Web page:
Stories of What It’s Like Returning Home After 25 Years

by dave ammenheuser

Norman Feldser, my former scoutmaster of Thurmont Troop 270, and I reconnected this winter when his wife, Gloria, called to ask if the antique furniture my late parents had in their living room was available.

It was.

One of the silver linings of clearing my parents’ estate has been seeing friends, classmates, and neighbors whom I have not seen in several decades.

Quickly for those of you catching up: My parents, John and Elizabeth Ammenehuser, died in 2020. I recently left my long-time sports journalism career to return to Thurmont to take care of their estate, their house, and their beloved possessions.

Growing up in Thurmont in the 1970s, I had many mentors and friends who helped mold me into the person I became and prepared me for the career that I sought.

Norman was one of them.

Affectionately known then as “Alka” by his teenage troop members (Alka Seltzer, Norman Feldser, get it?), he had a major impact on my life.

I looked forward to the Thursday night Scout meetings, the monthly hiking trips, and the summer camps and jamborees. In 1976, as our country celebrated its 200th birthday, Norman and I and other Frederick County Scouts were on a bus traveling to Cimarron, New Mexico, for a rugged 14-day hike at the Philmont Scout Ranch. It was the best summer of my young life.

In 1977, he helped me attain the prestigious rank of Eagle Scout, just the third in Thurmont’s history at that time. I’m pleased to hear that he’s still involved in Scouting and has helped hundreds of others across the region achieve the same lofty rank.

And that antique furniture? It’s now in the home of Gloria’s daughter, Bonnie, a high school friend of mine. Norman and Bonnie carried it out of my parents’ home near Creagerstown. And Norman and I agreed to catch up soon to retell stories of our past.

But, he wasn’t the only recent reunion.

Jane Nicholson was the first familiar face to drop by. She and her husband bought some old metal milk cans that my parents had on their front porch.

“Do you recognize me?” she asked.

“Sorry, I don’t … it must be the mask covering your face,” I responded, trying not to embarrass either one of us.

Then she said, “Jane Hill!”

Ahh, Nicholson was her married name. Yes, it was Jane Hill from our Catoctin High Class of 1980. Her long hair should’ve been the giveaway. I sold her the cans for less than the market value. It’s not the cash that counts. It’s the memories and knowing the items are staying in the community.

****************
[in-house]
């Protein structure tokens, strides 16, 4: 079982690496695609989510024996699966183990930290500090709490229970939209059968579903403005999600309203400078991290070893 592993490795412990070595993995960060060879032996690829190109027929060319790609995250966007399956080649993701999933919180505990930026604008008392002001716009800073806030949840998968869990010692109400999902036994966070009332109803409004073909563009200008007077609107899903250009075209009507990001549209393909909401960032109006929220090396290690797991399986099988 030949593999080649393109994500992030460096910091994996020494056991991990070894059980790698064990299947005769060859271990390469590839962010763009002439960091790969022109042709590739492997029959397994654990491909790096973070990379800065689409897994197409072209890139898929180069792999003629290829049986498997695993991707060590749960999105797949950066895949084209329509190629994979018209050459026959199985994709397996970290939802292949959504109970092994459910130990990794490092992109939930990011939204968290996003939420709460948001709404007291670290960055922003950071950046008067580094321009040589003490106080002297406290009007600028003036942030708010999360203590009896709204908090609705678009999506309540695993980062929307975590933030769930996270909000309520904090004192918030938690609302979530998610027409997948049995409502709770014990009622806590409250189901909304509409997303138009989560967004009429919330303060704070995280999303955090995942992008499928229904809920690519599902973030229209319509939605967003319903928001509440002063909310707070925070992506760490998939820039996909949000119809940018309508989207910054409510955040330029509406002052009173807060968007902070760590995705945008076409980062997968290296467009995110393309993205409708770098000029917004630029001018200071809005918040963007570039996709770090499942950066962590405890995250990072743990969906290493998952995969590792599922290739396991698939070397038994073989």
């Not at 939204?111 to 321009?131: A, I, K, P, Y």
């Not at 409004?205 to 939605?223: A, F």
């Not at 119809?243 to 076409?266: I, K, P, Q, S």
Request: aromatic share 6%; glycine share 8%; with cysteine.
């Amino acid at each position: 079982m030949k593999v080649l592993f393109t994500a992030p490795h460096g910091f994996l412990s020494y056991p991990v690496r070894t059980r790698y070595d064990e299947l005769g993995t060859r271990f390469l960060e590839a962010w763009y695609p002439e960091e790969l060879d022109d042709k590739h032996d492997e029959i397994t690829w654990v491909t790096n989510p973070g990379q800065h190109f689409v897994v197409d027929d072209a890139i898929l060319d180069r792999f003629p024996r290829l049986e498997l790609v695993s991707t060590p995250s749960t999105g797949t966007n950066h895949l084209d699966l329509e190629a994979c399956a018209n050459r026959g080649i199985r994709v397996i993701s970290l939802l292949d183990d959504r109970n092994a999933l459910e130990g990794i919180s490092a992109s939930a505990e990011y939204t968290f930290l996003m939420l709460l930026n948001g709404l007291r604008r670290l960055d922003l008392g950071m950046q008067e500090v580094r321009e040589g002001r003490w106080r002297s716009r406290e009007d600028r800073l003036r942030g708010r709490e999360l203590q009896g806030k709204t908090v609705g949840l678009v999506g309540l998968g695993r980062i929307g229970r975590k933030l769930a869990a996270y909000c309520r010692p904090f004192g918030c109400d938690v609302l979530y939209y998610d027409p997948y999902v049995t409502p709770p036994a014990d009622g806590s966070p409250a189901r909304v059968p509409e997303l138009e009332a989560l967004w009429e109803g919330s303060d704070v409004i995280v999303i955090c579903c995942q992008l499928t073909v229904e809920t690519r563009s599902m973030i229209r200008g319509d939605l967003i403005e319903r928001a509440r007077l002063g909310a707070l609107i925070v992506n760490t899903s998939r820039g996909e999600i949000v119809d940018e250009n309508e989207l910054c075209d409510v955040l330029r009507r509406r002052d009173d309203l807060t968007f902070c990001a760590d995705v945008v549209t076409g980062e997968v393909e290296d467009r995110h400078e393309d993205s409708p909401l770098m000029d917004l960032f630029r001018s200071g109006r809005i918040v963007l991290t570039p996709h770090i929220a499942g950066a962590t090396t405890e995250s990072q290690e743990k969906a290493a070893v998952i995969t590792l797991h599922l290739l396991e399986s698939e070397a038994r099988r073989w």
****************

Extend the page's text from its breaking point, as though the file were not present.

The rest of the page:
Jackie Campbell, mother to my high-school classmate, John, bought an antique marble table. She reached out later, seeking a VCR to watch some of John’s old basketball and baseball tapes that had been stored on VHS tapes. It took me a while, but I found one in a closet (next to an 8-track player). It’s in her home now. Hopefully, those movies bring back the same warm memories that I have of our Cougar teams.

Another classmate, Jimmy Rickerd, reached out to ask about a portable heater that I had posted on Facebook Marketplace. “It would be perfect in my greenhouse,” he said in a text.

Jimmy and I have been friends on Facebook for many years. I’ve enjoyed reading about his musical career and his annual tomato harvest. We’d only seen each other a couple of times since graduation day in 1980.

Jimmy’s father, Austin, died in 2018. His father and my mother worked together for decades at Moore’s Business Forms.

So, when Jimmy inquired about the heater, of course, I immediately told him it was his. No charge. Just give me a few of those ‘maters when they are ready this spring.

That’s what friends do. No matter how long it’s been since we last saw one another. No matter the differences in our political beliefs. Or, that one guy decided to stay in his hometown while the other chose to move away.

It’s good to know you can always come home. And your friends are still there.

Bonnie Horn and Norman Feldser carry antique furniture from Dave Ammenheuser’s parents’ home earlier this winter.

Photo by Dave Ammenheuser

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